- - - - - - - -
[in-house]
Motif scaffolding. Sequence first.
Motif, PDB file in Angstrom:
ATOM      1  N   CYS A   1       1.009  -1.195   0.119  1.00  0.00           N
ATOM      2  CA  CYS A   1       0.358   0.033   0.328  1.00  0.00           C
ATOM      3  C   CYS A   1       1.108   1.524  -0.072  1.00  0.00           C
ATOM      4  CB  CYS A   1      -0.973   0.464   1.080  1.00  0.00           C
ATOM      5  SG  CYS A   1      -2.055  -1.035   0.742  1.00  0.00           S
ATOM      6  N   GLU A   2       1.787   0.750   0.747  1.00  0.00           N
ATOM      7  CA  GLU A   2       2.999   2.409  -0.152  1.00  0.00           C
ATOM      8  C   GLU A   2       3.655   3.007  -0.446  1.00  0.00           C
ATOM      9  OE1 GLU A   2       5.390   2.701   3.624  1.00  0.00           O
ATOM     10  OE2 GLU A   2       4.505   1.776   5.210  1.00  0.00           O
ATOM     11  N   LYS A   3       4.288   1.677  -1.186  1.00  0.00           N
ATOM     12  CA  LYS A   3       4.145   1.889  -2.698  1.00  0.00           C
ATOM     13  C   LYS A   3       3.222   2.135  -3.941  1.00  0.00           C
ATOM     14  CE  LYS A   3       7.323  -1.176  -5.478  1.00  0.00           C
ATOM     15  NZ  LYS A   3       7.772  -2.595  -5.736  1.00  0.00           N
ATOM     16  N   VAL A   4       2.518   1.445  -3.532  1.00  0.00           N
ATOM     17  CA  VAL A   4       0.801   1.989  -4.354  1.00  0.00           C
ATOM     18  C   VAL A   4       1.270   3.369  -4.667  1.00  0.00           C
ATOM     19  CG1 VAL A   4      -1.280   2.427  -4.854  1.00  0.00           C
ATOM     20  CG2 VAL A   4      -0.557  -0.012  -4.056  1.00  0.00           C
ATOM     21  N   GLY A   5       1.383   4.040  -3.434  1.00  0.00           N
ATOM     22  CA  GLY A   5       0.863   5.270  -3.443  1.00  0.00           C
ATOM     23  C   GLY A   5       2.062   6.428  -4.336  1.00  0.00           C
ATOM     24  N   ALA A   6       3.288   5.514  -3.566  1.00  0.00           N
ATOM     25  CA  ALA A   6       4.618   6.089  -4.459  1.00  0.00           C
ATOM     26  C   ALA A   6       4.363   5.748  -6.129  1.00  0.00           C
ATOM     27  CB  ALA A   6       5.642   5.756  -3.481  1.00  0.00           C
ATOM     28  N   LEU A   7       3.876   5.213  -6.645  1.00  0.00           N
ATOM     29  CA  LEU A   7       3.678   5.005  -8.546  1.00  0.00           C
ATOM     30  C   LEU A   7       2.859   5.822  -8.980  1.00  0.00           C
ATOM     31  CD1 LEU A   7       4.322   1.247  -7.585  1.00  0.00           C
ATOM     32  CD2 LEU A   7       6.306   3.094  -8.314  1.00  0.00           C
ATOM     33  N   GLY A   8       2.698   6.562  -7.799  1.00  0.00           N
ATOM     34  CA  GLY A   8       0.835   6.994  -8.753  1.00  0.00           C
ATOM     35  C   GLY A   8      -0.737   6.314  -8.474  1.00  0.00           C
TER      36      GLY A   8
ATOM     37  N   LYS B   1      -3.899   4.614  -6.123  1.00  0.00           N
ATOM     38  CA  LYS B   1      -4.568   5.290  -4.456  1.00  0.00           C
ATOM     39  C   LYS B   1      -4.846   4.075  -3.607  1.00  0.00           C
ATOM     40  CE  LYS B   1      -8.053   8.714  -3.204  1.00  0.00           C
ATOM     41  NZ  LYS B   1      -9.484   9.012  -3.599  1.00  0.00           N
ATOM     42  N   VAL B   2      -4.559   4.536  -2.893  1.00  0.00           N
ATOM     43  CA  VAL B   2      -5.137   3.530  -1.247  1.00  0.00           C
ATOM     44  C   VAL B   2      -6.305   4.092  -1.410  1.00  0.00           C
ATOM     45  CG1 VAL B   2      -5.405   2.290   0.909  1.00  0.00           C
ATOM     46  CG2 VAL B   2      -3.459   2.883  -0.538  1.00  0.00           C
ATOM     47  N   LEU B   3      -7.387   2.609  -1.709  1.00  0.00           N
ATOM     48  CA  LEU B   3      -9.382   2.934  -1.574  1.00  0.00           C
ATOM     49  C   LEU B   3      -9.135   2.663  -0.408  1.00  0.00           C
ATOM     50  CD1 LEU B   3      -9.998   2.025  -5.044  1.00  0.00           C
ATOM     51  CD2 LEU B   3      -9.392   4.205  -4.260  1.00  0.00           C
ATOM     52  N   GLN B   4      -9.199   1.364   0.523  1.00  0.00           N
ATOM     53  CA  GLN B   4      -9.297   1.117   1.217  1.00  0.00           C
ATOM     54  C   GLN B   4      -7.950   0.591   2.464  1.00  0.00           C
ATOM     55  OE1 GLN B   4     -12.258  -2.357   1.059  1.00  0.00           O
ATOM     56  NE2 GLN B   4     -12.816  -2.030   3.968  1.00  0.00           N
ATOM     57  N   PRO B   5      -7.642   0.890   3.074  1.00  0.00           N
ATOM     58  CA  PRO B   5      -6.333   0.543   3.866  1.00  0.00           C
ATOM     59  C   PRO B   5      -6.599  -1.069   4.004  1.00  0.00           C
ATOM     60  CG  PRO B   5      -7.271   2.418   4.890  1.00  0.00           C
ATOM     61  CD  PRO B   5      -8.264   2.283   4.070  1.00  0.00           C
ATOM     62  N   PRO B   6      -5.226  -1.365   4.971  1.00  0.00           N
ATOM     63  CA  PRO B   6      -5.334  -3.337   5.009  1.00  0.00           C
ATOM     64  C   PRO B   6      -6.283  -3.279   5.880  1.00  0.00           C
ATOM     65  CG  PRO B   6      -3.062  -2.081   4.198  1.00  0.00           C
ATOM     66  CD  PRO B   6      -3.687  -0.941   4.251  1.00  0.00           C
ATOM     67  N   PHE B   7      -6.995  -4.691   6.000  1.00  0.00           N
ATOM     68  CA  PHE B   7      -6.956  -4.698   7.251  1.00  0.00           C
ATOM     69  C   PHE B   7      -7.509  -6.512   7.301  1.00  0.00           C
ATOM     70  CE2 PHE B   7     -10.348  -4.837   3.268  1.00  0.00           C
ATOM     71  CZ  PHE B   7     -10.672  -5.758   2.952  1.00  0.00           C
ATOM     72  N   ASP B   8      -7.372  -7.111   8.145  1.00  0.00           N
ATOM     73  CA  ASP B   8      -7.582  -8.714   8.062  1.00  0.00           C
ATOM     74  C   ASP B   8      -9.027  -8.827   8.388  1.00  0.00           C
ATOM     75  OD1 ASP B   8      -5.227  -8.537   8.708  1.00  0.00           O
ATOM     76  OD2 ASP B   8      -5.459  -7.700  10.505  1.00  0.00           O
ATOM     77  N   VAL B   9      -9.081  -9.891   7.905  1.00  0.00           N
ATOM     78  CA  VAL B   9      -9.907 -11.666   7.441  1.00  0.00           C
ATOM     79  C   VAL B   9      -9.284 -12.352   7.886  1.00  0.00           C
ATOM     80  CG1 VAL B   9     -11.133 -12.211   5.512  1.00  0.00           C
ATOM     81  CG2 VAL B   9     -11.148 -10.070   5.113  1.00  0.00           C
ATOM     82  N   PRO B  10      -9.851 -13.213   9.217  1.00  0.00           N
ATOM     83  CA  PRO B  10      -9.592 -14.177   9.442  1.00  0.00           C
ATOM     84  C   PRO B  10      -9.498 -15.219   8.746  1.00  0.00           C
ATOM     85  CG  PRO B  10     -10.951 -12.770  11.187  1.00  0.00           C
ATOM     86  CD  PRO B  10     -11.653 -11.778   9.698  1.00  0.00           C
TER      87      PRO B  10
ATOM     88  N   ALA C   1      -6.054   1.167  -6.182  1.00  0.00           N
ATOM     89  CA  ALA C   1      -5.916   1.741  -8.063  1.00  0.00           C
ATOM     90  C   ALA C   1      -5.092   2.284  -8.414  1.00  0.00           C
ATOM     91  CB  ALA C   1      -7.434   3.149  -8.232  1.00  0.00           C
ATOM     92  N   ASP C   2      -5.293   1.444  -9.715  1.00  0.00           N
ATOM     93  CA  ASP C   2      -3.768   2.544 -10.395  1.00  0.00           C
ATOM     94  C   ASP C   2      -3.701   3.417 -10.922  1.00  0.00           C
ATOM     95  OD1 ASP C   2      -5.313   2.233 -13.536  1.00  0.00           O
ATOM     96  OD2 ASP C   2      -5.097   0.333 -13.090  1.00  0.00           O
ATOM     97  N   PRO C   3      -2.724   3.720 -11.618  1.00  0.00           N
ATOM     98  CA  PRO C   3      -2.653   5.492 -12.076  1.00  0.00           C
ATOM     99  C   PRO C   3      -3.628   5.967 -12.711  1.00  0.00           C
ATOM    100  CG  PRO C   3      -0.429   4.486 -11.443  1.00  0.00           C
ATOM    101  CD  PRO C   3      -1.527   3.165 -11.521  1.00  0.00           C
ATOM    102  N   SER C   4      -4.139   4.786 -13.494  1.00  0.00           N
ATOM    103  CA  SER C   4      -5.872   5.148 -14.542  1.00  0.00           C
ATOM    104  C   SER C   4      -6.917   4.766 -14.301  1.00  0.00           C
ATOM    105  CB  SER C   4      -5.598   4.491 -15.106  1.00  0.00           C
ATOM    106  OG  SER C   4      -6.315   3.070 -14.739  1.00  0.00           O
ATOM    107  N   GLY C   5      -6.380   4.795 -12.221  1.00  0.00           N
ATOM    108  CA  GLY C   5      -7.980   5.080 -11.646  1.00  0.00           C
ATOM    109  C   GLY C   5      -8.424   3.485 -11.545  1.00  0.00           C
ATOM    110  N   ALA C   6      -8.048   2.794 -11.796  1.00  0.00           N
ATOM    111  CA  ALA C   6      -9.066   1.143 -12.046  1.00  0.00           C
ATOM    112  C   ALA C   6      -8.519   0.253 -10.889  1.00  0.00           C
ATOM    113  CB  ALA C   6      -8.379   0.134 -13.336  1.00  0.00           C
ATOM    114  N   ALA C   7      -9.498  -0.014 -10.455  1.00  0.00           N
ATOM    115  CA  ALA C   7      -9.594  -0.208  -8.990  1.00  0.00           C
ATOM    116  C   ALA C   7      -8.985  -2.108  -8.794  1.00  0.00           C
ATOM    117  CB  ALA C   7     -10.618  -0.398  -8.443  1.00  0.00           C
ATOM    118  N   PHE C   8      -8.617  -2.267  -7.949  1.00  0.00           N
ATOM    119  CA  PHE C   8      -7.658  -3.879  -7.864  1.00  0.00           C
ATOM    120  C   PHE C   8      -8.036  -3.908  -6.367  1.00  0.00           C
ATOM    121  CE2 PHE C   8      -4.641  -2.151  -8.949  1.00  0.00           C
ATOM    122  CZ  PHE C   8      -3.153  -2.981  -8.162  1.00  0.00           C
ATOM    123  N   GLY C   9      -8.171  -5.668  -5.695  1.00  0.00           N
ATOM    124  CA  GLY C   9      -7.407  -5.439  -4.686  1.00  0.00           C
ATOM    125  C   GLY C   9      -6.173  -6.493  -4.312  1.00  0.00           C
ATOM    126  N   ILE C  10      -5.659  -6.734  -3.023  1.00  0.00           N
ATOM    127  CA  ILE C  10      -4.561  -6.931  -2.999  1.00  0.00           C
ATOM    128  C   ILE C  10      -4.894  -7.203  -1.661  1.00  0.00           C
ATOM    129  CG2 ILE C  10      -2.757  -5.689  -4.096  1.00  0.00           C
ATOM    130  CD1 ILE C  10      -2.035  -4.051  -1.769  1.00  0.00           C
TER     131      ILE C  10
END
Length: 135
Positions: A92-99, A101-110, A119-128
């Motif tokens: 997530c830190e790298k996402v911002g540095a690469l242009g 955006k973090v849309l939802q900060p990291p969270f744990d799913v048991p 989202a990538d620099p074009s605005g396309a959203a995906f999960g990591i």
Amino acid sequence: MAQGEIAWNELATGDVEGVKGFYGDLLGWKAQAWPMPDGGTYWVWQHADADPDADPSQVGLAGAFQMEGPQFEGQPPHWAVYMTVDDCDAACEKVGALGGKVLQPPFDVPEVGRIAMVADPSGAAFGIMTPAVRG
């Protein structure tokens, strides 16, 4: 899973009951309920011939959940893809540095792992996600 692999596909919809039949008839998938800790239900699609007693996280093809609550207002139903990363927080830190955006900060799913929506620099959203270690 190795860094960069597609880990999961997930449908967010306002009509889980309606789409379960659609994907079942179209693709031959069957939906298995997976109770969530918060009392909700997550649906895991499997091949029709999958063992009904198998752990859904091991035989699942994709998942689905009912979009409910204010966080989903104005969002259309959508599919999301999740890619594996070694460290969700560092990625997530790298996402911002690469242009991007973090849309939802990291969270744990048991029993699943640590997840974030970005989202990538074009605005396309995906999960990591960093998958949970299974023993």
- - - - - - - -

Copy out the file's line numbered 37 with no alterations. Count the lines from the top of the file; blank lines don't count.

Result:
ATOM     34  CA  GLY A   8       0.835   6.994  -8.753  1.00  0.00           C